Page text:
Conservation officers should do more to save B.C. bears, advocate says


With over 500 black bears reportedly destroyed in the province within the last year, one advocate says that number is far too high.

The BC Conservation Officer Service is reporting 504 black bears were put down in 2021.

Ellie Lamb, who works with the BC Bear Alliance and North Shore Black Bear Society, says the number could be well above 500 but there’s no way to know as the officers follow their own guidelines.

“Certainly there’s not 500 or 600 bears in a year that need to be killed. We need to be kind to these animals. Conservation is not kind to these animals, period. They’re just not,” she says.

“We take their homes and then we say, ‘Let nature take its course.’ It’s kind of unfair.”

Lamb believes the number of displaced cubs from these killings is alarming, and for the most part, unwarranted. Young cubs can’t usually survive harsh B.C. winters without their mothers.

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“We need the mums to not be killed first, and then the cubs picked up if the mums are killed,” she says.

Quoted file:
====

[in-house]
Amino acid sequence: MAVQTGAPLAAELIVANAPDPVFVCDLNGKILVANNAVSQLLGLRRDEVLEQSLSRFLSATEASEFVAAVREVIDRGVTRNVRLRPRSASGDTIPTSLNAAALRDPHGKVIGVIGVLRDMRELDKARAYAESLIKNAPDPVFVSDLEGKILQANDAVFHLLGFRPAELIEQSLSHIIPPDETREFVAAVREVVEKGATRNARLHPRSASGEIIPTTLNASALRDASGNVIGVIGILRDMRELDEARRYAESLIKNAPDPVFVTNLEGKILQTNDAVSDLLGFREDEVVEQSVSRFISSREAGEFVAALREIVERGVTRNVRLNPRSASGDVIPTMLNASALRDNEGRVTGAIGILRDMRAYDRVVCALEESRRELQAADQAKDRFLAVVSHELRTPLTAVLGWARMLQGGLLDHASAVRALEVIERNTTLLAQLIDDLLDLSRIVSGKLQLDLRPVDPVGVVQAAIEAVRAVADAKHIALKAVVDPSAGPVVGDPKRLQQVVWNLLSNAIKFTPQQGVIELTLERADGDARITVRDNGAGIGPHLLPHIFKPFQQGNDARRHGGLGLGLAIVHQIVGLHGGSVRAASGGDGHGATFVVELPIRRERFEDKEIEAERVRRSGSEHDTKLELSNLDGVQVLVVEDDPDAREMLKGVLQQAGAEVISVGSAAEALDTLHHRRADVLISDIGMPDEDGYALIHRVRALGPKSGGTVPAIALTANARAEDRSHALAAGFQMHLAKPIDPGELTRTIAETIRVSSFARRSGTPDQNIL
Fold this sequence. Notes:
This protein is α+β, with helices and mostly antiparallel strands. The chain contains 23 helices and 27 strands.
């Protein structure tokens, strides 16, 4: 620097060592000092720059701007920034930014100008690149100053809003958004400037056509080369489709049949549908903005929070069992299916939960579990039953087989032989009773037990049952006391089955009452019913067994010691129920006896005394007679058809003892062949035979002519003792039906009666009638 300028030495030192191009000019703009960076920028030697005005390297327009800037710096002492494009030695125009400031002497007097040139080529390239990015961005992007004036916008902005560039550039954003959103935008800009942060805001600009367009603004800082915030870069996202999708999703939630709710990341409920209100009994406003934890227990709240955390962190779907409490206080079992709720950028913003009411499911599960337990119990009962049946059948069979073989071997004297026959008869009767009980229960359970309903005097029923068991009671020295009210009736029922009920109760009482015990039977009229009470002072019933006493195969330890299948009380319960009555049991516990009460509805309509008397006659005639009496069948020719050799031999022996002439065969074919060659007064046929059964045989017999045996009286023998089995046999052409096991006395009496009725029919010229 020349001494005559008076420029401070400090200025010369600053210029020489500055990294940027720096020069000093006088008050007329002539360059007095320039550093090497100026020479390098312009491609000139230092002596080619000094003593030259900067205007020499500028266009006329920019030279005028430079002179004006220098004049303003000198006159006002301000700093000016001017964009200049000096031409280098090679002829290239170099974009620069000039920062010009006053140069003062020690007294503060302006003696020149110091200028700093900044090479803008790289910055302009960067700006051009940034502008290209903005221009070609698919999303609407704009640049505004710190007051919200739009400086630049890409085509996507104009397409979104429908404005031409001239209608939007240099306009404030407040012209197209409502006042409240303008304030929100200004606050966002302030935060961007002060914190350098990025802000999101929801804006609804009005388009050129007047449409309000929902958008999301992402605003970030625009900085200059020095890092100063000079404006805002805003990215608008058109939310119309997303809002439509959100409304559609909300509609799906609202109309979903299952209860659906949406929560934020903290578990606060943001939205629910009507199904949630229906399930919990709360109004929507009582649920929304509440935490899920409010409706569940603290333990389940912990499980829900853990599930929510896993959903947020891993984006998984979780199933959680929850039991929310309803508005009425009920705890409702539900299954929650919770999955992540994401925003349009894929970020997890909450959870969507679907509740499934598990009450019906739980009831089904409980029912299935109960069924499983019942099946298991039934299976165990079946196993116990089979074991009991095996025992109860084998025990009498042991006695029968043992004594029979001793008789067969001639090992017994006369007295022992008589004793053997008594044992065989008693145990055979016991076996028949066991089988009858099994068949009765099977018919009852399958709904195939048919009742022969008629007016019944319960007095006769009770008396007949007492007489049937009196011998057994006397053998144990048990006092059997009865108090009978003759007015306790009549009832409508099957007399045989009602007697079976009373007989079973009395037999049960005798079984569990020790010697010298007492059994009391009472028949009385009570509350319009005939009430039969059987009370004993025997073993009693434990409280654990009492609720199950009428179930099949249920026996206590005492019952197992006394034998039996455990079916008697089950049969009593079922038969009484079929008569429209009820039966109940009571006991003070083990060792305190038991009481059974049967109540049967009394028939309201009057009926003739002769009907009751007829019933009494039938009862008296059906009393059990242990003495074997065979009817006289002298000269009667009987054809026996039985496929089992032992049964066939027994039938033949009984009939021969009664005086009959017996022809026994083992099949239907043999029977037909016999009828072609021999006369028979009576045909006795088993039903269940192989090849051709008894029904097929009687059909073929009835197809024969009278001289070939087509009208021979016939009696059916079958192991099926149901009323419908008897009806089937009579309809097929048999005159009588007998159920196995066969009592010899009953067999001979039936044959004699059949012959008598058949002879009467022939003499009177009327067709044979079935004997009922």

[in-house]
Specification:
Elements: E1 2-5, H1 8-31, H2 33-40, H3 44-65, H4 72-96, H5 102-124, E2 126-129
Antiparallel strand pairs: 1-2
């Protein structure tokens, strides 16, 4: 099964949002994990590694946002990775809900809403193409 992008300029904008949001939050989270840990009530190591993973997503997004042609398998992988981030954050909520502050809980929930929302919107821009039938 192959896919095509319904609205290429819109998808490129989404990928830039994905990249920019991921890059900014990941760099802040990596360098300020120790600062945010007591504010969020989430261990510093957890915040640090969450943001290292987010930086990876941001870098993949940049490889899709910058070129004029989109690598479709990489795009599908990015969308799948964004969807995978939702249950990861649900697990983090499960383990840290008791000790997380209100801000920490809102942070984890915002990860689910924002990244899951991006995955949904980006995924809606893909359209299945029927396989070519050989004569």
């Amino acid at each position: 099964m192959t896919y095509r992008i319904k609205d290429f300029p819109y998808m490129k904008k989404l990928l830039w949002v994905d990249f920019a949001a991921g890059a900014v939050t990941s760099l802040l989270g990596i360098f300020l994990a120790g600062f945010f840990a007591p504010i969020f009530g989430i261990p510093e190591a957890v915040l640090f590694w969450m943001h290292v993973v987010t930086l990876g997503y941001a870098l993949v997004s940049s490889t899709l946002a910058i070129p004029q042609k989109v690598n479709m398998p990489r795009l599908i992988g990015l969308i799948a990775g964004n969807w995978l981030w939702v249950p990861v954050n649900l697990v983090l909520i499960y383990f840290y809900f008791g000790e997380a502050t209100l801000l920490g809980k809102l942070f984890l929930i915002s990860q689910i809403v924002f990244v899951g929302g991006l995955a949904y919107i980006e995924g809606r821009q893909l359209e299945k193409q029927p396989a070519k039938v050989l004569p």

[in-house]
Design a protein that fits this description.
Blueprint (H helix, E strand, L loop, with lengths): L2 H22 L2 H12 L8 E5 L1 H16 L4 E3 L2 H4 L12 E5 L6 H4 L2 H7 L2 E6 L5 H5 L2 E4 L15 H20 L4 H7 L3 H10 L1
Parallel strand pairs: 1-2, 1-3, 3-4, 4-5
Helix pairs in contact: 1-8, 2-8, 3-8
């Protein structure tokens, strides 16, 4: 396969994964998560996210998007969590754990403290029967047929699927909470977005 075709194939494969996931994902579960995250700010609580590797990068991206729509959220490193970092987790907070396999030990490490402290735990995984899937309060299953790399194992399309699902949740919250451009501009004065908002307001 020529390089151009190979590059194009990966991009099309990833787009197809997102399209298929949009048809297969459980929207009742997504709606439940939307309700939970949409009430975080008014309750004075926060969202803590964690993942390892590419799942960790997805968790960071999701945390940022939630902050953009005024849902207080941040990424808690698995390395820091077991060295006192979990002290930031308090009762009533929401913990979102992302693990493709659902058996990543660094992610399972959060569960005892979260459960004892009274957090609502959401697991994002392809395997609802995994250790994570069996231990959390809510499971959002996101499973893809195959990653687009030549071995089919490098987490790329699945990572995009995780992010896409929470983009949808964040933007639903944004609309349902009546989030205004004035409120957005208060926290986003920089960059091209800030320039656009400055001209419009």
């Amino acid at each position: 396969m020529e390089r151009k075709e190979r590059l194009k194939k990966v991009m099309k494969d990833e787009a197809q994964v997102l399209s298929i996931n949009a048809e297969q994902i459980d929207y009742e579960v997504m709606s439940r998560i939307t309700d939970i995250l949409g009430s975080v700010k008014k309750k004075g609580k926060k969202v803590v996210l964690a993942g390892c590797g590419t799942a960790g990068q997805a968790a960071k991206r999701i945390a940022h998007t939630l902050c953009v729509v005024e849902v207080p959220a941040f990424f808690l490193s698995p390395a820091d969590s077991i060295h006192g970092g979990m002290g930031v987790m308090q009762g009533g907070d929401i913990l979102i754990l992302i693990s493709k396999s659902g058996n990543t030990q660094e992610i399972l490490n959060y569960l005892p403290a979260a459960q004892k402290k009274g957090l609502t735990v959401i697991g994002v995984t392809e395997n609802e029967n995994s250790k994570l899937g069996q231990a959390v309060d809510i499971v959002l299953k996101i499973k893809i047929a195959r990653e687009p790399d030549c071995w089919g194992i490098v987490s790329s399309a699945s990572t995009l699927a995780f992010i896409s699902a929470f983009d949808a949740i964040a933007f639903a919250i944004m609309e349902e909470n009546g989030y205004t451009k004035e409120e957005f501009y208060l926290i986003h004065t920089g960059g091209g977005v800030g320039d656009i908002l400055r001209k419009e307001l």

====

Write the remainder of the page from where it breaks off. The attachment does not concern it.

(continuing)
She  would like better accountability within the conservation service. “They don’t have a public board, and yet they are the only policing organization that does not have a public board. So how do we know what their work consists of?”

She thinks the approach to bears in neighbourhoods is over simplistic.

“Conservation have one way of looking at things, and that’s, ‘When this bear is in garbage, when this bear does this, we kill it.’ They don’t move bears. When they leave with a truck, they’re taking the bear away. Very seldom have they relocated a bear,” she says.

“Bears have always been around, and they come into our communities looking for safety, primarily.”

She says trying to eliminate attractants is unrealistic, and co-existence with the wild animals should be the goal. “There are some rules we have to abide by. We need an understanding of how to communicate to bears to get them out of our neighbourhoods.” She wants tickets handed out to homeowners who are breaking bylaws.

Lamb stresses community members can do their part by picking up their garbage, cleaning up any food left out in the open, and writing letters to their MLAs to express concern for bear safety. She also suggests reaching out to local grassroots groups like North Shore Black Bear Society for tips on how to respond to a bear sighting before calling BC Conservation.

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